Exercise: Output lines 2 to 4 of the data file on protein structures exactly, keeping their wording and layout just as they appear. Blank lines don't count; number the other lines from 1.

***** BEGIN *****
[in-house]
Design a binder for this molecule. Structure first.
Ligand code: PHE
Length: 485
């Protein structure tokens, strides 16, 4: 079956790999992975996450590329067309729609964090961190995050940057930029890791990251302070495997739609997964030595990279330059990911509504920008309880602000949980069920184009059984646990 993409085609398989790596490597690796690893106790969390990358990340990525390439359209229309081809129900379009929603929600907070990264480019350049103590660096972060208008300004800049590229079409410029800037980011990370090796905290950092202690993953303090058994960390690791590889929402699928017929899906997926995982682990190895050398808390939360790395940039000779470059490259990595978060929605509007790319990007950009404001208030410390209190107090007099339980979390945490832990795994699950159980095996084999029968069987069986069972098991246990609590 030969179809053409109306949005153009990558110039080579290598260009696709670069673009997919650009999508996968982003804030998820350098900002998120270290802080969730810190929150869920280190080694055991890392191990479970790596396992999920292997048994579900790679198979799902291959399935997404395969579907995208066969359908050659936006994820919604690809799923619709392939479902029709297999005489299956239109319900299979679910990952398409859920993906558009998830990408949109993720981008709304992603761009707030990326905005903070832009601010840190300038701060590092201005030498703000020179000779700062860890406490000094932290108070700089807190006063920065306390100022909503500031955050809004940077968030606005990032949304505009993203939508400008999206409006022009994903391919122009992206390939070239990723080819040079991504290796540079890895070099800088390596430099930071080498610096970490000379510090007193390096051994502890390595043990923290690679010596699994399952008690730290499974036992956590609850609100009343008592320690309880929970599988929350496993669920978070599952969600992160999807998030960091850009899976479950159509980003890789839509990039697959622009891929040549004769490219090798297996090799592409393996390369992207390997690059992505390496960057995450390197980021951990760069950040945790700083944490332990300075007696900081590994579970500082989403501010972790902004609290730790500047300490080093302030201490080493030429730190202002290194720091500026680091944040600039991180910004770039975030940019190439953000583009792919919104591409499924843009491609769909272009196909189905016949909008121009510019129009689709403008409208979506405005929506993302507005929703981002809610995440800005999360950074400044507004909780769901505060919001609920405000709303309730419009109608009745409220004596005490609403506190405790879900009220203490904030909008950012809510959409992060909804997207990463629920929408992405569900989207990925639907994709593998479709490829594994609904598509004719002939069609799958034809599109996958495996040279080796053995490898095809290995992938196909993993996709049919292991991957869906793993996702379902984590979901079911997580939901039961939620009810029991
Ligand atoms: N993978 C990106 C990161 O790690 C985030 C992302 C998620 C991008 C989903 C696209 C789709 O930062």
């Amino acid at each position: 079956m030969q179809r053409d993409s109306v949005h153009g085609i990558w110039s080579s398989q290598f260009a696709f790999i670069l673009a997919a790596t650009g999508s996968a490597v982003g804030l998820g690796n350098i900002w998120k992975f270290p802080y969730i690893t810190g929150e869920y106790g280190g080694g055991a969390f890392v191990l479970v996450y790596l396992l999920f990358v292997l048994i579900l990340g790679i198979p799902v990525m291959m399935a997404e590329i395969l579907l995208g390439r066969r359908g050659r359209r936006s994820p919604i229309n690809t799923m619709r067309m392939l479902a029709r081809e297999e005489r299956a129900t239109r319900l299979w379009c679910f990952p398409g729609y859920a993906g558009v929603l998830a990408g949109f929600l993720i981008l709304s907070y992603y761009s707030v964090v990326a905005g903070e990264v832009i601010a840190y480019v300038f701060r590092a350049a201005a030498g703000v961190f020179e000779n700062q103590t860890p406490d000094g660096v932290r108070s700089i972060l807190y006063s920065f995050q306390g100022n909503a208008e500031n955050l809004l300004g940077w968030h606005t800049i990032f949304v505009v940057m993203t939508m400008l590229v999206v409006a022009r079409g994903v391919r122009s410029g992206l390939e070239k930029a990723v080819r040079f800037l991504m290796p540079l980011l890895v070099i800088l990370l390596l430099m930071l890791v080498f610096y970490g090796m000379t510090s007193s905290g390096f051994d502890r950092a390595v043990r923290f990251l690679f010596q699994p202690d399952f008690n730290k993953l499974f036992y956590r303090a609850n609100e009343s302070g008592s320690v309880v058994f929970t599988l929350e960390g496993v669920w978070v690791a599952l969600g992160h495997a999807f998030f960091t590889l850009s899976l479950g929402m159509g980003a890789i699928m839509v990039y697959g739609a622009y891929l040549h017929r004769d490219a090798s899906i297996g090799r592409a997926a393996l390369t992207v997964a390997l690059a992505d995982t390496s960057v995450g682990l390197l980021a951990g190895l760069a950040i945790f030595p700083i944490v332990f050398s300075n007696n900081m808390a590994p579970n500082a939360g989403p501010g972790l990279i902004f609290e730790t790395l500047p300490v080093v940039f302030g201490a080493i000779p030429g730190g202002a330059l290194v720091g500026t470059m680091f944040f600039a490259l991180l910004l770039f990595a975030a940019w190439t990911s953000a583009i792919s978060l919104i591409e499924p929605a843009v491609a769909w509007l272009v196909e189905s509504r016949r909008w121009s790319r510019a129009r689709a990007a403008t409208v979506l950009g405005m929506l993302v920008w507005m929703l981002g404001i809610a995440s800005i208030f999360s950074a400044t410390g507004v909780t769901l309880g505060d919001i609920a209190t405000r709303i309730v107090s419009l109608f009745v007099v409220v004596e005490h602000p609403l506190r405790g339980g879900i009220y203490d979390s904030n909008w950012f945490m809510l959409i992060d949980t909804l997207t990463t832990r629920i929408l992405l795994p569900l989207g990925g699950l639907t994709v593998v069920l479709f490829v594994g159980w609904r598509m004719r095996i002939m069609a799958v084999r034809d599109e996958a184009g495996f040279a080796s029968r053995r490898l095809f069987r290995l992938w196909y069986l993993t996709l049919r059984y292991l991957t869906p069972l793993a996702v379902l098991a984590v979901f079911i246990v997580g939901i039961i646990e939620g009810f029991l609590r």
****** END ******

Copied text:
Design a binder for this molecule. Structure first.
Ligand code: PHE
Length: 485